Surprisingly or not, it seems heart diseases affecting obese children will become something common in the future. Obesity is an actual problem, as it has recorded a rise with more than 50% over the past three decades, and especially regarding children and teenagers. The fact that the United States receive quite a bad rap about obesity has also been a determining factor in finding out health implications this phenomenon has brought.
A recent study conducted by Dr. Jing in Kentucky on 40 children has come to a concerning conclusion. Heart image scans for 20 obese children and 20 with a normal weight were done and the results showed that the overweight children had thicker muscles. By comparing the two sets of images, the researches observed that the left heart ventricle of the obese children presented more muscle mass with 27%. This thickening of the heart muscles could lead to many problems in the functioning of the heart, such as heart failure, heart pressure or strokes. The conclusion is grim: the hearts of 40% of the obese children were considered high-risk, as their hearts could not properly pump blood.
The research took place at the Geisinger Health System, covering central Pennsylvania, while the findings were presented during the Scientific Sessions of the American Heart Association this week in Orlando, FL. The association is funded through donations by organizations, corporations or foundations, but also by individuals. Charity events and special funding programs are also helpful.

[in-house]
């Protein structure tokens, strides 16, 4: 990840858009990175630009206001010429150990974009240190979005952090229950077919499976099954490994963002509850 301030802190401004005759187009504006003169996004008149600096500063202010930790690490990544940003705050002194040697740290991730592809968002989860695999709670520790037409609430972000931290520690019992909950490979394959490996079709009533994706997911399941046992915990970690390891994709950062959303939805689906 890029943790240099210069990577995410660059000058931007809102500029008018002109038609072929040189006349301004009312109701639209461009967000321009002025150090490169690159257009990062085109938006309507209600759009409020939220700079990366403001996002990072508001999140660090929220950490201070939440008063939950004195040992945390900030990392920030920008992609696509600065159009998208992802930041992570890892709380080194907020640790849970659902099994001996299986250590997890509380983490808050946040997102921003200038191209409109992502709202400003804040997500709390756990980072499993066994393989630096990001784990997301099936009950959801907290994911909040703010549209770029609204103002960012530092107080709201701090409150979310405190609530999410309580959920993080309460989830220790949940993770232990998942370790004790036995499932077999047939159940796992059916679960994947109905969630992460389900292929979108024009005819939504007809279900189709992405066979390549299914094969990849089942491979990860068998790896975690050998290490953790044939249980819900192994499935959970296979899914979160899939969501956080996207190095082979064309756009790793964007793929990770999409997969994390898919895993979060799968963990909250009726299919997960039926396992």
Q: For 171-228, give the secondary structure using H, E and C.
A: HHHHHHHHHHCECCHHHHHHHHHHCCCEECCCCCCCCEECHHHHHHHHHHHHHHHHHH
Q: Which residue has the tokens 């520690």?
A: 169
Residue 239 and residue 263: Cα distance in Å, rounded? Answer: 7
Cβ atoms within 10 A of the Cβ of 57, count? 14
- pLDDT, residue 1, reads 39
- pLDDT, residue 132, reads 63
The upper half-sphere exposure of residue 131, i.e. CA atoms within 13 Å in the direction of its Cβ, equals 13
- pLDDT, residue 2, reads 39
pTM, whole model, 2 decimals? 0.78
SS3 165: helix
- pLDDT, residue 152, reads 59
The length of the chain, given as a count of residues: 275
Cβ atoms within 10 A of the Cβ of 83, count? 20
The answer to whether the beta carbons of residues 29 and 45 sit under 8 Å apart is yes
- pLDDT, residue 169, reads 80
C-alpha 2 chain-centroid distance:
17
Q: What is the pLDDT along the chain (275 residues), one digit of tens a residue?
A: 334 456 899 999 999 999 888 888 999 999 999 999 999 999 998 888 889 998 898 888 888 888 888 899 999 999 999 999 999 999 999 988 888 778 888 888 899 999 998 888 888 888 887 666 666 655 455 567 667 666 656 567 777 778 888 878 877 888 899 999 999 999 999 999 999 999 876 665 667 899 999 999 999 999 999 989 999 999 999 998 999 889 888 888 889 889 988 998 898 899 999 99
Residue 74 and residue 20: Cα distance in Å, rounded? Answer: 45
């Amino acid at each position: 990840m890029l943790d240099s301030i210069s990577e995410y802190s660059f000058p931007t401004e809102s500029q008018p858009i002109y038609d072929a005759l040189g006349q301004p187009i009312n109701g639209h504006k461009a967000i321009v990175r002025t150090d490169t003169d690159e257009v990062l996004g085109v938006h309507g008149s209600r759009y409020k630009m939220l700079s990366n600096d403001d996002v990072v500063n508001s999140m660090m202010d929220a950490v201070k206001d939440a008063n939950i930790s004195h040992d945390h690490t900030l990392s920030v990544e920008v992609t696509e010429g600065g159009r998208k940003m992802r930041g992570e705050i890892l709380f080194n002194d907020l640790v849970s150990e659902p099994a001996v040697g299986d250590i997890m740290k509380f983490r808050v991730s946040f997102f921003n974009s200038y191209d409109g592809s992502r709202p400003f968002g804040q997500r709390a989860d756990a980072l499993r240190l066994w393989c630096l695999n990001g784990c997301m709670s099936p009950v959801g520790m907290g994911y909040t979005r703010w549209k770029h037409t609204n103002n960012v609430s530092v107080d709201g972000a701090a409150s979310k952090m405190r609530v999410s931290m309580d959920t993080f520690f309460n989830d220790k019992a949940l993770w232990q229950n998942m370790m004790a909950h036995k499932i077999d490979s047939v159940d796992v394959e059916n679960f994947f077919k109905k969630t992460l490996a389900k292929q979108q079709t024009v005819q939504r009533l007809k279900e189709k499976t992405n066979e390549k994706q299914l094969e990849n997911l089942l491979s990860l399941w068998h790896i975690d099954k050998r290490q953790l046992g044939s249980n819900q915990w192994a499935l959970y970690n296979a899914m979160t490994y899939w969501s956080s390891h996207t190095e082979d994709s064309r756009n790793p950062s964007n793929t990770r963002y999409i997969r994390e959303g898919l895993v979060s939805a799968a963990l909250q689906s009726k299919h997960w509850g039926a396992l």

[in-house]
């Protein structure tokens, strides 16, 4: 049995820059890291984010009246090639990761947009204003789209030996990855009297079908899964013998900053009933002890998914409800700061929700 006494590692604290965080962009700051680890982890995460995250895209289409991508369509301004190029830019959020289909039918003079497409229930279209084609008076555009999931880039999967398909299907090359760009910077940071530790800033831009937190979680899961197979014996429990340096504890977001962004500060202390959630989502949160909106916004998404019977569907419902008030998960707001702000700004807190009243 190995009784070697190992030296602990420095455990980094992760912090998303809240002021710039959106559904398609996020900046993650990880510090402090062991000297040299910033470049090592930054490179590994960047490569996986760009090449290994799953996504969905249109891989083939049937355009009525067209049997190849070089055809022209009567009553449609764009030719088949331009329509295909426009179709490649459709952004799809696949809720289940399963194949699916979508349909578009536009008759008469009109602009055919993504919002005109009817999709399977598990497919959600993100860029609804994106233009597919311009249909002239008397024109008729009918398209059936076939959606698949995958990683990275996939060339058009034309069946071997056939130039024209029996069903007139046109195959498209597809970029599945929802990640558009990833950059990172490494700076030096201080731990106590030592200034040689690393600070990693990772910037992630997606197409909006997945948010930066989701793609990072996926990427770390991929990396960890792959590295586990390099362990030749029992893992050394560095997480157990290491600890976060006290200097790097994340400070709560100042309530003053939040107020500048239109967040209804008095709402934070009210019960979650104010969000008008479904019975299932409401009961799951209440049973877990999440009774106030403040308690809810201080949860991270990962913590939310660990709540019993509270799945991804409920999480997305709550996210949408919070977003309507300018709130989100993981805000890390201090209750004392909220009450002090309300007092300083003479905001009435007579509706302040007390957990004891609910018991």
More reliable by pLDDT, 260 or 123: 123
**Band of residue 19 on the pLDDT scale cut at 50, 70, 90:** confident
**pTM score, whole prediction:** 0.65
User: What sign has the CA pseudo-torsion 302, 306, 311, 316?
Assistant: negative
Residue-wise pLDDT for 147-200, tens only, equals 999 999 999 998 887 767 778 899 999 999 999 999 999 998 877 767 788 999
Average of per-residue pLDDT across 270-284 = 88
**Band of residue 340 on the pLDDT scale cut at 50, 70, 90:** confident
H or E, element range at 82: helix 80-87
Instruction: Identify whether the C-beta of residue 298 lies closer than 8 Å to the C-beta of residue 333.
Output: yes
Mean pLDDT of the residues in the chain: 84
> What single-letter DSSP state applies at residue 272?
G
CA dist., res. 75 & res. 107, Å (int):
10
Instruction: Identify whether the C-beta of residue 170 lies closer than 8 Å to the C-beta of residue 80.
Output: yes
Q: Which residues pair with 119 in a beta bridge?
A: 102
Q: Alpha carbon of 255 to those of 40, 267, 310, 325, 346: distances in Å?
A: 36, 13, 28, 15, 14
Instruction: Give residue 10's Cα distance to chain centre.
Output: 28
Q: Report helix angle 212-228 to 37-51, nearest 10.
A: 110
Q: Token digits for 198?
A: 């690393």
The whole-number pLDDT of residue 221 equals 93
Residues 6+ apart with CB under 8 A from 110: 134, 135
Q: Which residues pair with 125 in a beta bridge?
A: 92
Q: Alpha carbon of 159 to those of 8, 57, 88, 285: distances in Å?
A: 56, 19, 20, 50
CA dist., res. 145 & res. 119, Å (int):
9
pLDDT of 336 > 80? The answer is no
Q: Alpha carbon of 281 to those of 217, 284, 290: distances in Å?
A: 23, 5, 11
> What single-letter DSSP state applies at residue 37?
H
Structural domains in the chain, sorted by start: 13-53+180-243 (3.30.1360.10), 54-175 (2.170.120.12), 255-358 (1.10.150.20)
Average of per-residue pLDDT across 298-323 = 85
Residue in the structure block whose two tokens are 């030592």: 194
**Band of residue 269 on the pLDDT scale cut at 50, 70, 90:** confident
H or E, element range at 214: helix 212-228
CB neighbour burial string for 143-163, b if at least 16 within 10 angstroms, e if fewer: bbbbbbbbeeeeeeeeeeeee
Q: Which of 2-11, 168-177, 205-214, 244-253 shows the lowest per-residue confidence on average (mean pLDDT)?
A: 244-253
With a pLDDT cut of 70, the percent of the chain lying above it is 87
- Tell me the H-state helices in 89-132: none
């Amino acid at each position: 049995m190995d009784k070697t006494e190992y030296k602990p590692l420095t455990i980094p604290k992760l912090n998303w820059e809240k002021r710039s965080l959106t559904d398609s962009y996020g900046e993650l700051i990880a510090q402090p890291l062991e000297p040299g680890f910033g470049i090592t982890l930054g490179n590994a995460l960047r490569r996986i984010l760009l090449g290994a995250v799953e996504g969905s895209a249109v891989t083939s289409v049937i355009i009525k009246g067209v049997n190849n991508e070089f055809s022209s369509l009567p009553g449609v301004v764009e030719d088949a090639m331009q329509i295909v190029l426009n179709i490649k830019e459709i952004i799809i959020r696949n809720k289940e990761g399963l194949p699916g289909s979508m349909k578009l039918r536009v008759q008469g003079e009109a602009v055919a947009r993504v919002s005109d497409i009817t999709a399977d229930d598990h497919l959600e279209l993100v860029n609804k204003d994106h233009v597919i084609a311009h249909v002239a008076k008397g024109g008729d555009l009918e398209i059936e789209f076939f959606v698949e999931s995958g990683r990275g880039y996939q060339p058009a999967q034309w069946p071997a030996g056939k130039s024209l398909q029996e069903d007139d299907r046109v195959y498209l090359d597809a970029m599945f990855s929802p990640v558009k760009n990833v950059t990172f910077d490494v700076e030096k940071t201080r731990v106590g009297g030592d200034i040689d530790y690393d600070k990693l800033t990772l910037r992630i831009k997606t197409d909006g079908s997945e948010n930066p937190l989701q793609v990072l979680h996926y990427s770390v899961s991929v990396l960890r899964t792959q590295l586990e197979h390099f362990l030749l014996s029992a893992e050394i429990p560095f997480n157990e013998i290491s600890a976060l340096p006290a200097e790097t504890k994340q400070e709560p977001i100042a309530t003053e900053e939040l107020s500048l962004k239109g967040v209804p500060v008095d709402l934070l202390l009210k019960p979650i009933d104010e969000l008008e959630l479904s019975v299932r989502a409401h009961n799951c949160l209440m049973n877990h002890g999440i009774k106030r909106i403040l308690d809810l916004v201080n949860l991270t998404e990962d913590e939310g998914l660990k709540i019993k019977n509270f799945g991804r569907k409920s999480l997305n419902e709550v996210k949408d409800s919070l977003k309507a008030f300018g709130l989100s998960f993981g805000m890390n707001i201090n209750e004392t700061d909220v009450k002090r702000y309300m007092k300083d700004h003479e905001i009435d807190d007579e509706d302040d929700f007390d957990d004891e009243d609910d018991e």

Despite the results of the study, the most worrying part is that not all possibilities have been taken into consideration, as the test did not include children with diabetes or children who couldn’t simply fit inside the MRI machine. Dr. Jing also added that there is a big probability that even children younger than 8 years old have heart problems.
The matter of obesity in the ranks of children has been addressed in the United States through programs such as “Let’s Move” by Michelle Obama, or the National School Lunch Program. Another solution that could improve the outcomes of adolescents implies bariatric surgery. However, more measures must be taken in order to confront this disease of our times, as heart diseases affecting obese children will surely not be the only problems we will be facing.
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